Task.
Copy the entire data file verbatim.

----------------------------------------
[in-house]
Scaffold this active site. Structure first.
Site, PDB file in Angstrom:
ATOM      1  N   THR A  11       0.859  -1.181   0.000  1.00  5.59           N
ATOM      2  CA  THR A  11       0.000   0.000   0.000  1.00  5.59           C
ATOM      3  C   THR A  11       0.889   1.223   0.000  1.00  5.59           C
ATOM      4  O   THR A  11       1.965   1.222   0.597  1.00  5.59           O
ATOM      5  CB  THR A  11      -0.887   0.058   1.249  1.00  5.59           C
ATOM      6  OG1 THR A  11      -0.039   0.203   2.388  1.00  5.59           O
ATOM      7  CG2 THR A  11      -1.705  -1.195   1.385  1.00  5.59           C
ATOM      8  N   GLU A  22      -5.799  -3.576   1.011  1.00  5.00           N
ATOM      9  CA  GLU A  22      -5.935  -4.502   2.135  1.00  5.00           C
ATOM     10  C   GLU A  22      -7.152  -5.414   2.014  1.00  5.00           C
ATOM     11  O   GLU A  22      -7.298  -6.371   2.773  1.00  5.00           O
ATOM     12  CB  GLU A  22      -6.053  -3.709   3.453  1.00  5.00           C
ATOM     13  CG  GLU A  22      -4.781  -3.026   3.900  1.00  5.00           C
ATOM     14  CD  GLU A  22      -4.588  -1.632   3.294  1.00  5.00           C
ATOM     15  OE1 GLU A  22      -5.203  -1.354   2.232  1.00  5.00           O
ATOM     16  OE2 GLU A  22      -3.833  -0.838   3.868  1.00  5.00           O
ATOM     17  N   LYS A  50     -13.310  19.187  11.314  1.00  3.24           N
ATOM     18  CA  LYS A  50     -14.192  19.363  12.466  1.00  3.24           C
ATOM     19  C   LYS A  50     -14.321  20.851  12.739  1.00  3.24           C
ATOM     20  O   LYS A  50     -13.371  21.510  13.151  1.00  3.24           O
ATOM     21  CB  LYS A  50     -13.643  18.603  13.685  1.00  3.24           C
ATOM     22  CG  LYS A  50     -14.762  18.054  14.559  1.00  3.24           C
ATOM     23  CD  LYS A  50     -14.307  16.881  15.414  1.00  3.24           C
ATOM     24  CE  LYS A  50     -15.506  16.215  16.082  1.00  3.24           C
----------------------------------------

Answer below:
[in-house]
Scaffold this active site. Structure first.
Site, PDB file in Angstrom:
ATOM      1  N   THR A  11       0.859  -1.181   0.000  1.00  5.59           N
ATOM      2  CA  THR A  11       0.000   0.000   0.000  1.00  5.59           C
ATOM      3  C   THR A  11       0.889   1.223   0.000  1.00  5.59           C
ATOM      4  O   THR A  11       1.965   1.222   0.597  1.00  5.59           O
ATOM      5  CB  THR A  11      -0.887   0.058   1.249  1.00  5.59           C
ATOM      6  OG1 THR A  11      -0.039   0.203   2.388  1.00  5.59           O
ATOM      7  CG2 THR A  11      -1.705  -1.195   1.385  1.00  5.59           C
ATOM      8  N   GLU A  22      -5.799  -3.576   1.011  1.00  5.00           N
ATOM      9  CA  GLU A  22      -5.935  -4.502   2.135  1.00  5.00           C
ATOM     10  C   GLU A  22      -7.152  -5.414   2.014  1.00  5.00           C
ATOM     11  O   GLU A  22      -7.298  -6.371   2.773  1.00  5.00           O
ATOM     12  CB  GLU A  22      -6.053  -3.709   3.453  1.00  5.00           C
ATOM     13  CG  GLU A  22      -4.781  -3.026   3.900  1.00  5.00           C
ATOM     14  CD  GLU A  22      -4.588  -1.632   3.294  1.00  5.00           C
ATOM     15  OE1 GLU A  22      -5.203  -1.354   2.232  1.00  5.00           O
ATOM     16  OE2 GLU A  22      -3.833  -0.838   3.868  1.00  5.00           O
ATOM     17  N   LYS A  50     -13.310  19.187  11.314  1.00  3.24           N
ATOM     18  CA  LYS A  50     -14.192  19.363  12.466  1.00  3.24           C
ATOM     19  C   LYS A  50     -14.321  20.851  12.739  1.00  3.24           C
ATOM     20  O   LYS A  50     -13.371  21.510  13.151  1.00  3.24           O
ATOM     21  CB  LYS A  50     -13.643  18.603  13.685  1.00  3.24           C
ATOM     22  CG  LYS A  50     -14.762  18.054  14.559  1.00  3.24           C
ATOM     23  CD  LYS A  50     -14.307  16.881  15.414  1.00  3.24           C
ATOM     24  CE  LYS A  50     -15.506  16.215  16.082  1.00  3.24           C